27 February 2021 / 5 mins read

Smartphones, tablets, and computers are extremely entertaining – and highly addictive. Even when we’re not expecting anyone to contact us, we find ourselves constantly checking our emails, texts, and social media. 

 

Some of our screen time is unavoidable for work, but other times, it’s an unhealthy obsession that eats into other areas of our life, such as relationships, relaxation, and physical fitness.

 

How Can Less Screen Time Benefit Us? 

 

It’s hard to convince someone to look away from the screen occasionally if there is no evidence it’s harming them. But with the overuse of screens, we do have evidence it’s not optimal for our physical or mental health.

 

Screen time, especially later at night before bedtime, can affect our sleep. The blue light can mess with our circadian rhythms, making it harder to go to sleep. Plus, the messages and emails can stimulate our minds instead of allowing us to wind down. All the comfy blankets in the world may not be enough to soothe us so we can sleep if our devices are working against our relaxation.

 

In addition to impacting our sleep, we lose exercise and recreational opportunities when we spend too much time on our screens. Our relationships can suffer as well. Sometimes, we aren’t focusing on the other people in our lives when we’re paying too much attention to screens. 

 

The overuse of screens is contributing to a sedentary, solitary life for some people. But there are things we can do to change that and improve our health and happiness. One of the big things is spending less time on our screens and more time on our actual lives.

 

How can you start to ween yourself off the screen? Here are some ideas.

 

Assess the Situation

 

 

Here’s an experiment that may help you fully realize how reliant you are on screens. Keep track of every time you check your laptop, phone, or tablet throughout the day. You should also include things like news updates or other notifications. Every time you look at a screen, make a tally mark in a notebook.

 

By the end of the day, you’ll likely be surprised at how many times you’ve checked your devices. Once you realize how reliant you are upon them, you can start taking steps to change. It all begins with awareness.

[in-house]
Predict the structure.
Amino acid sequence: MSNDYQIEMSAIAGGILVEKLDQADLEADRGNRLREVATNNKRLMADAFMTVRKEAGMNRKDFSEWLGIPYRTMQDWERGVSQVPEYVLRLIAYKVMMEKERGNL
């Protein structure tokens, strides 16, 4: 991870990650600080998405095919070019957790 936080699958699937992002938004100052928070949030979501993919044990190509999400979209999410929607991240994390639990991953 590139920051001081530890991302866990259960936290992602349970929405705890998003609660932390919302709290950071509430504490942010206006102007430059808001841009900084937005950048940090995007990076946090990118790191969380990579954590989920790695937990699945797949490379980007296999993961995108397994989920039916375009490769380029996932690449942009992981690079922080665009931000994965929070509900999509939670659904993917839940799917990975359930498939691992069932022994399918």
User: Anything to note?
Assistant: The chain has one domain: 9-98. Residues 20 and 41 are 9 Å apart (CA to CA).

Ask Yourself Why

 

Realizing why you constantly check your phone or laptop is a key factor in stopping it. Are you doing it because you are bored? Are you anxious that you’re not returning messages fast enough for work purposes? Do you have a fear of missing out by not refreshing your favorite news outlet page every 10 minutes?

 

Your motivation for being reliant on screens can help you pinpoint a workable solution. If you’re bored, for instance, go for a walk to get out of the house and away from your phone for a while. 

Stop Your Notifications

 

If you hear your phone beep or ping, chances are you’re going to look at it. And, if we’re being honest, many of the notifications you receive are likely for emails that you don’t need to see anyway or news alerts that will stress you out.  

 

If your notifications result in you feeling compelled to put in 20 minutes of doomscrolling, you should turn off your news notifications. It’s harming you more than helping you.

 

Use Your Do Not Disturb Function

 

 

 

It’s okay to turn the world off sometimes so you can relax or focus on your life. In fact, it’s better than okay -- it’s a healthy thing to do.

 

For a couple of hours a day, set the Do Not Disturb feature on your phone. You’ll enjoy the peace and quiet, even though it may be unsettling at first. And you’ll notice that nothing bad happens because you aren’t accessible to people 24 hours a day, every day. 

 

Make a List of What You Accomplish When You Aren’t Staring at a Screen

 

Great things can happen when you free up all that screen time. In just 30 minutes, three times a week, you can train to run a full 5k race. It will improve your health and show you the value of your time.

 

If fitness isn’t your thing, learn a new recipe or read a book that you’ve been meaning to for months but just haven’t found time. 

 

What you do isn’t important. The fact that you’re doing something you haven’t had time for before is what counts. You’ll notice how much more productive you are when you aren’t on screens all day, and you’ll start to love that feeling.

 

Have Activities Ready to Tackle

 

 

If you find boredom is the biggest reason you turn to screens, make sure you have plenty of activities ready to do on days when you aren’t working. Having a list of activities to choose from may prevent you from spending time on your screen.

 

Line up a hike with friends, begin cleaning your home, go on a bicycle ride, or have a variety of board games to play. The longer your list of alternatives, the easier it will be to resist screen time. 

 

Cut Down on Your “Friends”

 

If Facebook or other social media constantly steals your time because you feel the need to know everything your friends are doing in their lives, cut back on how many “friends” you have on those sites. Weed out all your frenemies, faraway relatives you’ve never met, or the people you didn’t want to friend in the first place, but felt pressured to accept. 

 

You won’t have as many items coming up in your scroll feed, so that will save you from spending so much time on screens. If you stop obsessing over your friends’ lives, you’ll have more time to spend on your life -- and that life will include less unhealthy screen time. 

 

Take Back Your Life

 

Screens have invaded our lives, and some of that time spent is extremely useful. They’re a great tool when they are used wisely. But when we spend too much time with them, it’s easy to get obsessive. And that’s when your physical and mental health can be affected.